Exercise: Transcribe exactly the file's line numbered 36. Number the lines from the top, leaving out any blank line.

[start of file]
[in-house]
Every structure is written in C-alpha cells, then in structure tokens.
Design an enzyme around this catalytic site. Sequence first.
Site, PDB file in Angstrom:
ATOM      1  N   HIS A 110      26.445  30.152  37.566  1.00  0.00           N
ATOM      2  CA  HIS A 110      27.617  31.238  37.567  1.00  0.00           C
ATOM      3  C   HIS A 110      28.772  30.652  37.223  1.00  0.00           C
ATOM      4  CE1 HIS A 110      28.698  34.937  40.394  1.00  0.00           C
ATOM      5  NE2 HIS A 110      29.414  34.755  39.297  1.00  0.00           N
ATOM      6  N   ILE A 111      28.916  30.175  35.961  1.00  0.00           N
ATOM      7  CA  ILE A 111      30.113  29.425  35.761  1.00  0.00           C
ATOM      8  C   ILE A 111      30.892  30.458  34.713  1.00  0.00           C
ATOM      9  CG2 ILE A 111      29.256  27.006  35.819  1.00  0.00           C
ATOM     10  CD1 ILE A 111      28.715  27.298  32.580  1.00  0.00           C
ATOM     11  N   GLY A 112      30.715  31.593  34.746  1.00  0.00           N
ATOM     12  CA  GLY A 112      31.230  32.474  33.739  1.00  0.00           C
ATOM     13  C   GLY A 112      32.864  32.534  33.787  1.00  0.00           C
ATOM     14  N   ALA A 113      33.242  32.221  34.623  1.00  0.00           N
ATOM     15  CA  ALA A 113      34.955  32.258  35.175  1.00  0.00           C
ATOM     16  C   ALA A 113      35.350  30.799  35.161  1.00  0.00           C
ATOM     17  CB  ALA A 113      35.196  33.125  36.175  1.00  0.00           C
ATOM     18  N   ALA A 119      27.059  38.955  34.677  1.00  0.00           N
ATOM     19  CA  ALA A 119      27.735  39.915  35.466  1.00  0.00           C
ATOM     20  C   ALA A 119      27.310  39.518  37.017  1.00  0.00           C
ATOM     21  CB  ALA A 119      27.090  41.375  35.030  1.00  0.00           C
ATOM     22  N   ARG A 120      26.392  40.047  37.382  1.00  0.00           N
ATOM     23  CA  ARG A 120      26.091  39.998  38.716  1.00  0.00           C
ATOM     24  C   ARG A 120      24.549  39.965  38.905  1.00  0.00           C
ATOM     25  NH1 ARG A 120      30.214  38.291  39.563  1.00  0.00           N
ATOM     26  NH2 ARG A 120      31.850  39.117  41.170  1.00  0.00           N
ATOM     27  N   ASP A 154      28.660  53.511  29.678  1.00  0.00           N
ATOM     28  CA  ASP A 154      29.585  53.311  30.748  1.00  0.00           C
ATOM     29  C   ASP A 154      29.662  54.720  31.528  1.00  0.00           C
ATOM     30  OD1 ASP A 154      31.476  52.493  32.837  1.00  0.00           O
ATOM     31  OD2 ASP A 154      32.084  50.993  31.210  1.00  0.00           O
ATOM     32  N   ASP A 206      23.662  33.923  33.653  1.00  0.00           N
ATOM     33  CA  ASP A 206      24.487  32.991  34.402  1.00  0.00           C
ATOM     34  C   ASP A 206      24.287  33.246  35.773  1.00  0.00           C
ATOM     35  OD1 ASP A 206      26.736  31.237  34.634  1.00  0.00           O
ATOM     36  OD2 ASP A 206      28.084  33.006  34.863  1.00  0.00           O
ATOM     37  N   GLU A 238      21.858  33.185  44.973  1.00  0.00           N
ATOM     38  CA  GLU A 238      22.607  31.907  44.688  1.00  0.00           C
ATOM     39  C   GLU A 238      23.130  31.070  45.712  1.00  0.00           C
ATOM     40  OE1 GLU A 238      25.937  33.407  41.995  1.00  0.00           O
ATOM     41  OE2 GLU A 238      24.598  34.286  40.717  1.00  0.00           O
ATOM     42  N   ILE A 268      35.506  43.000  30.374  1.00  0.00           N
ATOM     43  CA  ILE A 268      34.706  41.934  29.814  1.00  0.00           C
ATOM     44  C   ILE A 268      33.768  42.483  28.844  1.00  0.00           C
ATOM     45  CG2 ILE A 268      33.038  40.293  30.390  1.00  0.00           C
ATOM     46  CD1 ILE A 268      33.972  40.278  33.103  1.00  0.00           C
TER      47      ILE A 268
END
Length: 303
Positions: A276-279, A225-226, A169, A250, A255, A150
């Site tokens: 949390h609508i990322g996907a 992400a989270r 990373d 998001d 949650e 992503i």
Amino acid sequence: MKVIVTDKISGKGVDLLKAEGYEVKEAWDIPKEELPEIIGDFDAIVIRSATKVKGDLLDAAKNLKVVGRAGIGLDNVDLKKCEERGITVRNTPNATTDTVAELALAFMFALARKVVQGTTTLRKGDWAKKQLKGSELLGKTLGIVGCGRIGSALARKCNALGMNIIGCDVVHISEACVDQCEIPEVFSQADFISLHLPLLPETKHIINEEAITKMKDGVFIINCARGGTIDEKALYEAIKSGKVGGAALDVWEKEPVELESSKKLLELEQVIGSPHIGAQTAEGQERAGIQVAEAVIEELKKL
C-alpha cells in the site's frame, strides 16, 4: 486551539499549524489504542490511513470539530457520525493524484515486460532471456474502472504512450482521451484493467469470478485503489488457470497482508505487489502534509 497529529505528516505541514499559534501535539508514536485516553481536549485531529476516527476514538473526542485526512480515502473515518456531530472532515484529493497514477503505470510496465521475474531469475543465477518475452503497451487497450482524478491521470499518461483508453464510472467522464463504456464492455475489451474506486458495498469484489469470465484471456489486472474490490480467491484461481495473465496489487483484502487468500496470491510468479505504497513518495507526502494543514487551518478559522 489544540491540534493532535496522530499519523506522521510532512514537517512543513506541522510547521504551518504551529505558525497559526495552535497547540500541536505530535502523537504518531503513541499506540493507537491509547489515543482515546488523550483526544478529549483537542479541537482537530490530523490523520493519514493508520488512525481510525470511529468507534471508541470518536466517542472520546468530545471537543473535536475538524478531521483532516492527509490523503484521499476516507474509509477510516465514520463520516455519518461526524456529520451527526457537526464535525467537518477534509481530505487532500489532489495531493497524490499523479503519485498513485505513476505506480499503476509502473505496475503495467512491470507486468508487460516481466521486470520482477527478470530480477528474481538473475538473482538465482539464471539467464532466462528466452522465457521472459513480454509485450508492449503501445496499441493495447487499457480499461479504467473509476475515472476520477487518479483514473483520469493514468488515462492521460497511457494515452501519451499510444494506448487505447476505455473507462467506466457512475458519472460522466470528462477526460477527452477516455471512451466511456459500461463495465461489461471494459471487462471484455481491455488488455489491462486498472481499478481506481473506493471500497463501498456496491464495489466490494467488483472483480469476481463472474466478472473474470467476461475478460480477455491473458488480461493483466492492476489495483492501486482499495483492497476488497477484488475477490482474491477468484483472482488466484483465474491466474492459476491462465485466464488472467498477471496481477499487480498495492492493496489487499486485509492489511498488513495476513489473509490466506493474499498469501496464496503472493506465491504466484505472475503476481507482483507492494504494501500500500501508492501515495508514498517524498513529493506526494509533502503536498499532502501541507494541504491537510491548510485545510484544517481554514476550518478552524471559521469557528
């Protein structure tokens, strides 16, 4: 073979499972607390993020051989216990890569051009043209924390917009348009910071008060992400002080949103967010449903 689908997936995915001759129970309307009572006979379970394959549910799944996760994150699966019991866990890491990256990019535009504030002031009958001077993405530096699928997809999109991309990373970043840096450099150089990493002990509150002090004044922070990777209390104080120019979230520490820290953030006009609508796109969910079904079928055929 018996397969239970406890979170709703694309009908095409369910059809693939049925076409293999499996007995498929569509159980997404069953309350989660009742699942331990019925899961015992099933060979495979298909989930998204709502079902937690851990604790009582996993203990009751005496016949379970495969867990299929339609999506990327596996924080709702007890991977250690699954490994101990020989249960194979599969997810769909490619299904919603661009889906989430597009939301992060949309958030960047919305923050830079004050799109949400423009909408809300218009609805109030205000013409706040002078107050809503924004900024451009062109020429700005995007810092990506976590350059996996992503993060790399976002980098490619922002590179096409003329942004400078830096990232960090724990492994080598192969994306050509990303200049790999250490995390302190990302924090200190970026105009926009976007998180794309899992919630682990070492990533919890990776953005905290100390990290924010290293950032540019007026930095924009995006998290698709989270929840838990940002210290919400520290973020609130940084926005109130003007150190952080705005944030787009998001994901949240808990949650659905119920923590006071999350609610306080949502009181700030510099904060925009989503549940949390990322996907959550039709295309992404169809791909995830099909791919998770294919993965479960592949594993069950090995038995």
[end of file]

ATOM     32  N   ASP A 206      23.662  33.923  33.653  1.00  0.00           N